- Make a plan together. Seeking help for addiction can become overwhelming fast. Portray treatment in the way that it should be portrayed, as a positive experience. Talk about the plan moving forward and the positive things that will happen after they graduate treatment.
Does an intervention have any risks?
The short answer is no.
You and your family attempting an addiction intervention will not make the addiction worse; however, hosting an intervention can lead to increased tension between you and the addict, so be prepared.
You may experience them lashing out, becoming disruptive or shutting down.
When faced with this challenge, explain how much support and love you’re willing to still give them.
Nevertheless, you should stick to your guns and follow the tips we’ve provided. Do not give in and continue any enabling behaviors because this will only make the situation worse.
All About Family
You may be wondering how effective are interventions.
The truth is, it all depends on how strong your family unit is. If you continue to allow the addict to borrow money before and after the intervention, then it lowers the chance that the addict will seek help.
Enabling can be a huge hindrance during the intervention process; often, families are taking part in enabling behavior that makes the addict less likely to seek treatment for their addiction.
You will want to stick to anything you have taken away, whether figuratively or physically, from the addict.
More times than not, the enabling behavior consists of giving the addict money or giving them a place to stay. Keep in mind that you are doing this for their betterment.
Thinking positive thoughts, instead of thinking, “This intervention will never work,” is the first step to creating an environment perfect for growth.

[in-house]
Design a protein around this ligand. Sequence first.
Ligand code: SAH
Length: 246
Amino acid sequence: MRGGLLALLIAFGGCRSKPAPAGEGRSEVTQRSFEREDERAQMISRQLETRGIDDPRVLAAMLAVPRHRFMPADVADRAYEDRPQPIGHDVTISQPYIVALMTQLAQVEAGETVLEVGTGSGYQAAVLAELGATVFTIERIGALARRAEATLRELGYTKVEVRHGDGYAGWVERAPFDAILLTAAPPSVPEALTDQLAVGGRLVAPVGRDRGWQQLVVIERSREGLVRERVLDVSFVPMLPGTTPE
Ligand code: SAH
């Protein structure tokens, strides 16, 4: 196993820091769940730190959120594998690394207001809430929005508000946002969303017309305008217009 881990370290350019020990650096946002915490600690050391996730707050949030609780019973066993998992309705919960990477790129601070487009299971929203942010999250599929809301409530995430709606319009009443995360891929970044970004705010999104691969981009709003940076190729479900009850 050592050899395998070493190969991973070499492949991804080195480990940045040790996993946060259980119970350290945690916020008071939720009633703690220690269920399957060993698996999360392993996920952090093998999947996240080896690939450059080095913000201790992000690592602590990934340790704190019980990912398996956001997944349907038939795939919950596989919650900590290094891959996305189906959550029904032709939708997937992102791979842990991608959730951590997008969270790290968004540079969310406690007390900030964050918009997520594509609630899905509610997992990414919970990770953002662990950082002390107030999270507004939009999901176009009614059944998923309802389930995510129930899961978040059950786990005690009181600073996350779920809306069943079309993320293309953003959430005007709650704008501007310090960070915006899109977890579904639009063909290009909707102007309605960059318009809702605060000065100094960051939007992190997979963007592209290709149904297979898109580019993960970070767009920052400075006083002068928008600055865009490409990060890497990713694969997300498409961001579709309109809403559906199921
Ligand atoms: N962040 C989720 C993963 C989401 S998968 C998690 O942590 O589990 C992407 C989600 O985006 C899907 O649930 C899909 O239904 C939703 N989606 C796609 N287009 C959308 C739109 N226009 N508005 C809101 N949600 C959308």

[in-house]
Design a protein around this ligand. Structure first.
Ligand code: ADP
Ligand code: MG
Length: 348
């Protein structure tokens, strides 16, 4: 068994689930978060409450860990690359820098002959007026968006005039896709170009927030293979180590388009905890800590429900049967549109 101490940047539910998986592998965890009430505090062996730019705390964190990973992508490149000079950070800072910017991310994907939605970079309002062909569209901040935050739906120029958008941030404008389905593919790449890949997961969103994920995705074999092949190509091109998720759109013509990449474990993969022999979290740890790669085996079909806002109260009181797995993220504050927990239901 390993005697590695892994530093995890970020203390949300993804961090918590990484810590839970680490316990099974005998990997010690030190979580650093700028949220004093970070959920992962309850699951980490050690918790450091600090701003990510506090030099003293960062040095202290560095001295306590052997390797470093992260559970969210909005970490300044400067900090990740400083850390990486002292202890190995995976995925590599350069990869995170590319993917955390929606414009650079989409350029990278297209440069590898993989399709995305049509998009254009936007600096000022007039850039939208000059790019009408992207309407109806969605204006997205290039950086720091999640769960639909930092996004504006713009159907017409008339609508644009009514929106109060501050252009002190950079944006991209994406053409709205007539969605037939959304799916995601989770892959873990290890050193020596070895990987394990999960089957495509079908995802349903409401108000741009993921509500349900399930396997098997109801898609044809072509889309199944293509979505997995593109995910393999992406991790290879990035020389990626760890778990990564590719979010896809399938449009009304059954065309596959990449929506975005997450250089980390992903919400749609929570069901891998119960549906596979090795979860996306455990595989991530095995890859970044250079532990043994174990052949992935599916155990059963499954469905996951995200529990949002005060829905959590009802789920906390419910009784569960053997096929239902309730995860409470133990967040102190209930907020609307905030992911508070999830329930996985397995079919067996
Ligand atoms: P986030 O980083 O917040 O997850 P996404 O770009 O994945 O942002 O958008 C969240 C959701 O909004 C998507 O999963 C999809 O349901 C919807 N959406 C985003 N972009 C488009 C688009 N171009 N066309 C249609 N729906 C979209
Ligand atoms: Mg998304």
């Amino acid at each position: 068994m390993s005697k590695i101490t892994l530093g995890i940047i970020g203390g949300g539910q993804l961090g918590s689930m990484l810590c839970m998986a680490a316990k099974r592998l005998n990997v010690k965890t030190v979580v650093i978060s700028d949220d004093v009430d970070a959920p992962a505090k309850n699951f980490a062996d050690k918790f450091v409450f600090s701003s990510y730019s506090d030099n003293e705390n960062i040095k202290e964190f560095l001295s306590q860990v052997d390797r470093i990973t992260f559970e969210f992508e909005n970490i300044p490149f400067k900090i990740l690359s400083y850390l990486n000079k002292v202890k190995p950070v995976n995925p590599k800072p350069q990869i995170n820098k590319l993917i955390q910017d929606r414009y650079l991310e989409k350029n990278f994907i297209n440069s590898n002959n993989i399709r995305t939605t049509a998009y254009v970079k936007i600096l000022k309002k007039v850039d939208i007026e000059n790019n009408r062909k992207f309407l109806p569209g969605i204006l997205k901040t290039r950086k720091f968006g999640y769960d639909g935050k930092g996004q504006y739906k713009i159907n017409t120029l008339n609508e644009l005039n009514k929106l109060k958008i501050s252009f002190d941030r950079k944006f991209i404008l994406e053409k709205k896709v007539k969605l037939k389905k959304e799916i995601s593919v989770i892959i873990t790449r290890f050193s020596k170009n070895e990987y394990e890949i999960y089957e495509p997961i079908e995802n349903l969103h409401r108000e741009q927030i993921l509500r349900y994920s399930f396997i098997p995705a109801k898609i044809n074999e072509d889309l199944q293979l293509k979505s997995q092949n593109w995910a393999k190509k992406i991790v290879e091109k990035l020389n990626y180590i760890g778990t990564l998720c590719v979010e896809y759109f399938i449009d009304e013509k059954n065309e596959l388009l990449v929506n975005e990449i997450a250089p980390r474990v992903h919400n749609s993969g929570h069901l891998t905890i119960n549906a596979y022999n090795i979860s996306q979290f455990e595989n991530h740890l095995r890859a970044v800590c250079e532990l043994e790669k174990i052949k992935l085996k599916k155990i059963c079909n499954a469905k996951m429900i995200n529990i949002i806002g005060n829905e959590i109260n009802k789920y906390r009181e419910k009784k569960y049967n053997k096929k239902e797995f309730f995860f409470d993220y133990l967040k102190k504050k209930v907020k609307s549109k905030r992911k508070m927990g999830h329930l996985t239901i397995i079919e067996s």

Be aware that becoming a strong family unit could put a strain on your relationship with the addict; the family must communicate and stay strong. This will give the family and the addict hope for the future.
If You Are Still Wondering About Intervention's Effectiveness
An addiction intervention is the best option to get a person into treatment.
It's true if all other options have been explored and you have yet to see success.
This intervention consists of a family unit coming together to confront the addict in, hopefully, a very positive and progressive environment.
However, these interventions can sometimes lead to hostility from the addict and increased family tension.
It’s important to express your concerns and goals to the addict.
More so, you must stick together as a family and stop any enabling behaviors immediately.
This gives the intervention the best chance at being successful and shows the addict that seeking help is the best option.
If you have more questions, reach out to us at 1(877)245-2384 and see how we can help you put an end to your loved one's addiction.
Sources NIDA. (2018, January 17). Principles of Drug Addiction Treatment: A Research-Based Guide (Third Edition). Retrieved from https://www.drugabuse.gov/publications/principles-drug-addiction-treatment-research-based-guide-third-edition on 2019, February 21